Mariah Stackhouse, the only African-American woman golfer with full status on the LPGA Tour, is gradually climbing the ladder of success — and paving the way for many young Black women who are interested in playing golf.
She will play in the KPMG Women’s PGA Championship on June 23-28 at Aronimink Golf Club in Newtown Square, hoping to boost her record of four top-10 finishes on the LPGA Tour along with a top-5 performance this year.
Stackhouse said she is happy to be a player that Black girls come to watch at LPGA events. “I always say that representation is important,” she said. They get there. They see me. I always think that there’s an element of inspiration. It’s a gift to be in that position and to inspire. I’m happy to be that for younger girls because I had that for myself.”
Growing up in Riverdale, Georgia, right outside Atlanta, Stackhouse developed a great foundation for golf at the grassroots level with her father, who played the game at public golf courses. He received good exposure to golf at a young age.
“I was just following my dad around,” Stackhouse said. “He played recreationally. That’s how I got my start in golf somewhere between 2 and 3 years old. It was just spending time with my dad. We played public courses pretty much through my entire junior career.
“Then I met a guy that had a membership at some semi-private courses in Atlanta. That’s when I started to practice and left the public courses. I was at the public courses until I was 13 years old.”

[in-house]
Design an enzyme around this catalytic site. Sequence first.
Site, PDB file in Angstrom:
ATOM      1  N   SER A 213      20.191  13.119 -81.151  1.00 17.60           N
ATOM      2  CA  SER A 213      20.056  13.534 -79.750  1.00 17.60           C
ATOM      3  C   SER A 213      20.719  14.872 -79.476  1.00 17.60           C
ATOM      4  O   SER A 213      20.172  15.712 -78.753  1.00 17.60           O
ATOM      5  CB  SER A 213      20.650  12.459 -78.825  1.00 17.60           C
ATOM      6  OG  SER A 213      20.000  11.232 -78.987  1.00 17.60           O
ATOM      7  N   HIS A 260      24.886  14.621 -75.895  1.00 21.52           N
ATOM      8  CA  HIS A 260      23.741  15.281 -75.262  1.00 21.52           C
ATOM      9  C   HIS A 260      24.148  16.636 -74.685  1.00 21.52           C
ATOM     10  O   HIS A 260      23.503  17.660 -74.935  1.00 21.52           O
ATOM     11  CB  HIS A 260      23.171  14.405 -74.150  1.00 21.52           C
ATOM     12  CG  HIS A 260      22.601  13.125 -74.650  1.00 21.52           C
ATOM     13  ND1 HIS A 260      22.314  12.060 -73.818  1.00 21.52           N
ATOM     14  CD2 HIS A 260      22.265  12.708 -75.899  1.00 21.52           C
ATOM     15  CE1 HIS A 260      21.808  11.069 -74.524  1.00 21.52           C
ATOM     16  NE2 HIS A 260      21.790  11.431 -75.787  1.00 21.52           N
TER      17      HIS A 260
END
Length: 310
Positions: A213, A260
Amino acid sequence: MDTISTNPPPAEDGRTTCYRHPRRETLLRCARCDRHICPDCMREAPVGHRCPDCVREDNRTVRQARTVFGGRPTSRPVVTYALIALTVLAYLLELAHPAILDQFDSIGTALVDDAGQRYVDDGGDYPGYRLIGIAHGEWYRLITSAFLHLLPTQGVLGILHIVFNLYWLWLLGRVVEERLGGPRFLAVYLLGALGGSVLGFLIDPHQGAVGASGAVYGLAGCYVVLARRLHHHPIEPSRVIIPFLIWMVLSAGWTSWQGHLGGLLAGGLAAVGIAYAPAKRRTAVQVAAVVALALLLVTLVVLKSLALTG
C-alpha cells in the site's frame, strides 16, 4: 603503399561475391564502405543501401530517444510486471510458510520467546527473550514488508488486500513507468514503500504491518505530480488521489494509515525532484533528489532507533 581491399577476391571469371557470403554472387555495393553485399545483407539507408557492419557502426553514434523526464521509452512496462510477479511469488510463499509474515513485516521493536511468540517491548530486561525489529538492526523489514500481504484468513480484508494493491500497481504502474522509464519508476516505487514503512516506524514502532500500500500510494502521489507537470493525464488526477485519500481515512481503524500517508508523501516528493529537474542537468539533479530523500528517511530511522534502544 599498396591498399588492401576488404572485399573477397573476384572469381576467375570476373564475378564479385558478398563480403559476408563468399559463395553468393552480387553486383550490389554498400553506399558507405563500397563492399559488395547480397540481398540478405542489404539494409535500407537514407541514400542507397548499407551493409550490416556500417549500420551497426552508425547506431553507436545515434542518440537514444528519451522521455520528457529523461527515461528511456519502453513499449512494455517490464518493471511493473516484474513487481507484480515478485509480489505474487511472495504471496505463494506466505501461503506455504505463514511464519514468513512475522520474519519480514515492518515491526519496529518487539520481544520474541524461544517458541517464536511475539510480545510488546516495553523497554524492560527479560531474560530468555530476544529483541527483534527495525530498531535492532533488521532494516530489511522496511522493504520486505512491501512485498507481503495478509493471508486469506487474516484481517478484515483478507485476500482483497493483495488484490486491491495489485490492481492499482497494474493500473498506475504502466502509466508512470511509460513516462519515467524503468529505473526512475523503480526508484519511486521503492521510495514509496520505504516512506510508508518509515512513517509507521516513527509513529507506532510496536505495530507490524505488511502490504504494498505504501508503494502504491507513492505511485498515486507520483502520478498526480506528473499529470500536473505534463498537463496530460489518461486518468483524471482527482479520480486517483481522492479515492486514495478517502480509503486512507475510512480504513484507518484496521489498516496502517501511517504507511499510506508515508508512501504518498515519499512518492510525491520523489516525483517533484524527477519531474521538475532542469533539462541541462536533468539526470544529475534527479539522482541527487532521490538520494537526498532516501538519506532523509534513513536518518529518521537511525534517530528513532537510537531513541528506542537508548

As a high school golfer, Stackhouse competed in state and regional events, which helped her qualify to get into one of the tours with the junior golf association. The competition prepared her for golf on the collegiate level.
Stackhouse was the youngest African-American golfer ever to qualify for the U.S. Women’s Open in 2011 at the age of 17. She had a magnificent college career at Stanford. Stackhouse was a four-time All-American and a team MVP. In 2015, she guided Stanford to a national title.
“I think I was fortunate to be able to go to Stanford,” Stackhouse said. “I grew up in the South. I knew about SEC [Southeastern Conference] golf more than anything else. It turned out the Pac 12 was the most competitive conference in women’s golf. It was great to be able to play against USC, UCLA, Oregon and Arizona, [which] had fantastic golf teams.
“So week in and week out we were competing against some great players to continue to rise and make your golf game. That’s the only way to contend both individually and as a team. That definitely helped to shape me and prepare me for golf on the LPGA Tour.”
Stackhouse, 25, continues to polish her skills on the links. She knows that an all-around game can carry you a long way in professional golf.
“I’ve always been pretty accurate off the tee,” Stackhouse said. “I’m able to get the ball out there. That’s something that’s always been reliable for me. I think I have a great short iron, too. I always say the short game makes you money.
“It’s the whole package that really matters. You’re not going to win a tournament if one of those things are off. They all need to be great.”
Stackhouse seems to have all the skills to help her golf game go to the next level.